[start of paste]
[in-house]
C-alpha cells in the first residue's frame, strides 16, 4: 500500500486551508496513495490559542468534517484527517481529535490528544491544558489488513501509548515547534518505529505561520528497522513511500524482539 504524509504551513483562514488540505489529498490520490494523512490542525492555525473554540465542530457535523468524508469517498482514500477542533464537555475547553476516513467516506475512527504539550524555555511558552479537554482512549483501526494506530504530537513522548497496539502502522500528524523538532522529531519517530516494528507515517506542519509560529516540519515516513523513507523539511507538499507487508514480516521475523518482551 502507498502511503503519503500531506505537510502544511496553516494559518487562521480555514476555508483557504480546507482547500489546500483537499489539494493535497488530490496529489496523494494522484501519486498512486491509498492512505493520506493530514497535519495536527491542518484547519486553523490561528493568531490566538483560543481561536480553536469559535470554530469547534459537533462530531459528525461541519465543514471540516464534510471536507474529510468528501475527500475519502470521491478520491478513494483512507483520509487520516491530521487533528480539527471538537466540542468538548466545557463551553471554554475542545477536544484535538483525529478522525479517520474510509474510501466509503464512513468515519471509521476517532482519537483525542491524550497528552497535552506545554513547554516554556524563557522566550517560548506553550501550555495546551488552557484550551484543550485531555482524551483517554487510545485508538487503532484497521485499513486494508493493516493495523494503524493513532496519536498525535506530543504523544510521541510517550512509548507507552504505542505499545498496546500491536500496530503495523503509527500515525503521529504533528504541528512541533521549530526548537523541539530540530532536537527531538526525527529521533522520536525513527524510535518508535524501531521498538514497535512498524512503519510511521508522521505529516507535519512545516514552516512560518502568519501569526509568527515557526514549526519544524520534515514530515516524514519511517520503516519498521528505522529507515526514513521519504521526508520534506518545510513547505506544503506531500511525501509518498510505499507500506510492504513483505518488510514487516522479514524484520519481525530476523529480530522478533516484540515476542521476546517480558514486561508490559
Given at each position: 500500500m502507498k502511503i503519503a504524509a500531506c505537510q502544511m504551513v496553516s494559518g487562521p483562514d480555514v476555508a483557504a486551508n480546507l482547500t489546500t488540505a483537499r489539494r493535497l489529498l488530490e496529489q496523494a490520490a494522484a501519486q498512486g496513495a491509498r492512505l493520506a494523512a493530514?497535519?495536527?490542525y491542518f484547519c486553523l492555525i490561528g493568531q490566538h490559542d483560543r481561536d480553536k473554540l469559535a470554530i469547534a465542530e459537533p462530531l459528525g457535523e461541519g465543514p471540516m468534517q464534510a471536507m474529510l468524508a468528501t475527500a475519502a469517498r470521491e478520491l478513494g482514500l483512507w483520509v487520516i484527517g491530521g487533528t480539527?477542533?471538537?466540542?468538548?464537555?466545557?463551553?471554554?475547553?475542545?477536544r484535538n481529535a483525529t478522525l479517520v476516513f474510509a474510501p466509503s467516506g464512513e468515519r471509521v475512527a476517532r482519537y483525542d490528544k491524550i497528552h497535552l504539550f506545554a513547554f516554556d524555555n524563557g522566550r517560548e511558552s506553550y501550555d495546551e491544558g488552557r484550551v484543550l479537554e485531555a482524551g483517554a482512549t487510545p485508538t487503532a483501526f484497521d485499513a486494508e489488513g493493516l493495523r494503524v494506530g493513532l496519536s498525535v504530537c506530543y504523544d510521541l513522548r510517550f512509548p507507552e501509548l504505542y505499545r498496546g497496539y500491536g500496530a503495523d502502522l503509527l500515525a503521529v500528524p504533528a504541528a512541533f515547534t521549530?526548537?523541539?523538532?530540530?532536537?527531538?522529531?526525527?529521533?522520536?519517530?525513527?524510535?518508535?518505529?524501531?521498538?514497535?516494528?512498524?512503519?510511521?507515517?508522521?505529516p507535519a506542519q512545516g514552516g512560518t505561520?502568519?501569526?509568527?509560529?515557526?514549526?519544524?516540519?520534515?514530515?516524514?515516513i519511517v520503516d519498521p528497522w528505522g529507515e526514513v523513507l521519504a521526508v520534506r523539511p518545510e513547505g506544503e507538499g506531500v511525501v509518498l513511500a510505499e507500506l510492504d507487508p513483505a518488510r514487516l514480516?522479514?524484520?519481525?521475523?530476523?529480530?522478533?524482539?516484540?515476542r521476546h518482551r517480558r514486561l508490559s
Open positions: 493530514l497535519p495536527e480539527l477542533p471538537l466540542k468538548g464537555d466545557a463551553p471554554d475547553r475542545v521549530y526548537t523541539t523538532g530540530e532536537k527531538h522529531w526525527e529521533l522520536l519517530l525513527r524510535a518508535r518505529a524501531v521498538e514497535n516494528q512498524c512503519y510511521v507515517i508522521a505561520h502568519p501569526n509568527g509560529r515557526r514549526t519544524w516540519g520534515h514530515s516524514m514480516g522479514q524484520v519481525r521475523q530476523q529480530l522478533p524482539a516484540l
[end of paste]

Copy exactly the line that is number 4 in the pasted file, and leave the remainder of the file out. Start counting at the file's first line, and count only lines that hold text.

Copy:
Open positions: 493530514l497535519p495536527e480539527l477542533p471538537l466540542k468538548g464537555d466545557a463551553p471554554d475547553r475542545v521549530y526548537t523541539t523538532g530540530e532536537k527531538h522529531w526525527e529521533l522520536l519517530l525513527r524510535a518508535r518505529a524501531v521498538e514497535n516494528q512498524c512503519y510511521v507515517i508522521a505561520h502568519p501569526n509568527g509560529r515557526r514549526t519544524w516540519g520534515h514530515s516524514m514480516g522479514q524484520v519481525r521475523q530476523q529480530l522478533p524482539a516484540l